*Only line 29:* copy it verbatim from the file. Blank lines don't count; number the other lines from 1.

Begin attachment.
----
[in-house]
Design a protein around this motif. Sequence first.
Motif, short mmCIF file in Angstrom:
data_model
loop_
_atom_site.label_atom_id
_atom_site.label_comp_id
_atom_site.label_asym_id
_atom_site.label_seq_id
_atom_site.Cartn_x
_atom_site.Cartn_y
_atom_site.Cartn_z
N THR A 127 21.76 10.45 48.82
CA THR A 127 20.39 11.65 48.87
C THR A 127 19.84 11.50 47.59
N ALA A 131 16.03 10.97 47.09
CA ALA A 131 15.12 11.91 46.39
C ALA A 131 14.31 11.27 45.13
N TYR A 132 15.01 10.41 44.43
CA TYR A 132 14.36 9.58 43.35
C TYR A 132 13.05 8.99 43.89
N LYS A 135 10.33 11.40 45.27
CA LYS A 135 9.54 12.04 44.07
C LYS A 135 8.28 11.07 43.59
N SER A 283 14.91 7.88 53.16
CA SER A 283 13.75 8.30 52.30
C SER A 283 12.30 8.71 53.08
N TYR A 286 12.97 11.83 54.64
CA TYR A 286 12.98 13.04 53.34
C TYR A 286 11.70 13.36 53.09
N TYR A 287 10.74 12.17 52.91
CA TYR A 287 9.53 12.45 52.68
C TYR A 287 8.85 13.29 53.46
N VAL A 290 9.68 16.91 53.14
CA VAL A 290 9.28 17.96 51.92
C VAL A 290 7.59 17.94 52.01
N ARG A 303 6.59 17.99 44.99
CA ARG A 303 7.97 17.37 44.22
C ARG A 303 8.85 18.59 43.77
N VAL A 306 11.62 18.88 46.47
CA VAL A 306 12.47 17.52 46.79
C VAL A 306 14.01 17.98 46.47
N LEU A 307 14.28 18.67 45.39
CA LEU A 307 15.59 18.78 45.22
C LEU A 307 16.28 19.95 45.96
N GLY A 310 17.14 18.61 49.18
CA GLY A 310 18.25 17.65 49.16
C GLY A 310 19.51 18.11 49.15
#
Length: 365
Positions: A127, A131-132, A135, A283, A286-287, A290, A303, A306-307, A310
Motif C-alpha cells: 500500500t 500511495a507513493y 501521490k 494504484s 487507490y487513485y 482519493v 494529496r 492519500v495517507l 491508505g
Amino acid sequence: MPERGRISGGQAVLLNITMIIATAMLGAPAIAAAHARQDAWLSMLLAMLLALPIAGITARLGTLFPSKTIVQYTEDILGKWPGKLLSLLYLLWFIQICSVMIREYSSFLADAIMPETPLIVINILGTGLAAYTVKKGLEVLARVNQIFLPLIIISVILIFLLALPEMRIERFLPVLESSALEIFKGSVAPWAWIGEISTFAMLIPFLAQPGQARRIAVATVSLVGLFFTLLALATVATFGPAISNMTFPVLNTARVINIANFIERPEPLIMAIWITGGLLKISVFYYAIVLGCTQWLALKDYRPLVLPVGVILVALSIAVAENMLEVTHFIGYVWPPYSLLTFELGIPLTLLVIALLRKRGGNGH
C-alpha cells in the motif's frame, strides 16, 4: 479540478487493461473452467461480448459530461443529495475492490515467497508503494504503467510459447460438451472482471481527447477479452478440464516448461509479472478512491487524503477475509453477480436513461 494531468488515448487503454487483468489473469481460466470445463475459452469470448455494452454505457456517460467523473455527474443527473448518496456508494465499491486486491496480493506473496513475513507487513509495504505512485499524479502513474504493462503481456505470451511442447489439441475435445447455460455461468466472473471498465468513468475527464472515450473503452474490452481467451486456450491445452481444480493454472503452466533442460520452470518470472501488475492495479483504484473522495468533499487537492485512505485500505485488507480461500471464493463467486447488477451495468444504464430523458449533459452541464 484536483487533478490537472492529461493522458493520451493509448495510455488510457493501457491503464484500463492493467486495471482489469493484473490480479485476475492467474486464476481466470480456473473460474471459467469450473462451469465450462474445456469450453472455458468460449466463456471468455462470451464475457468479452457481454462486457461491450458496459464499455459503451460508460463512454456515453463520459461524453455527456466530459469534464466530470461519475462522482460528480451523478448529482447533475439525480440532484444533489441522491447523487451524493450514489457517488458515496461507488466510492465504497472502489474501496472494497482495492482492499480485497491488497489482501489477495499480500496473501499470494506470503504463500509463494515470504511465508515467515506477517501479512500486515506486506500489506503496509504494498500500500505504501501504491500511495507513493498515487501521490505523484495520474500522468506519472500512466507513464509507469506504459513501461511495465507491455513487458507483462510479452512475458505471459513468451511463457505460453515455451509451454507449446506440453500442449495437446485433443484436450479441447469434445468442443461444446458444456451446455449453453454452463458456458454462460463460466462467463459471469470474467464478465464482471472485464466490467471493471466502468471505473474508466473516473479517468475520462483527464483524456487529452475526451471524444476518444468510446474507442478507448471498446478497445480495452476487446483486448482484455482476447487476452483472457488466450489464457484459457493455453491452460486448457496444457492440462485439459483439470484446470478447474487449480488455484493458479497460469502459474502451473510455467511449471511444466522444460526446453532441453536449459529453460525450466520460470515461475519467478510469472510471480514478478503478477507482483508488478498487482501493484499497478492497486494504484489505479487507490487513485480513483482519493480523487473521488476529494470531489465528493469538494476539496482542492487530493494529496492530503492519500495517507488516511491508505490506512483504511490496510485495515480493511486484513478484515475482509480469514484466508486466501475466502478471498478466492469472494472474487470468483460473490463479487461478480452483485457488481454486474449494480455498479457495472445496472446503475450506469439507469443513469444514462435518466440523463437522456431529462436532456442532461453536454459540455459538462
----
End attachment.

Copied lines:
CA TYR A 286 12.98 13.04 53.34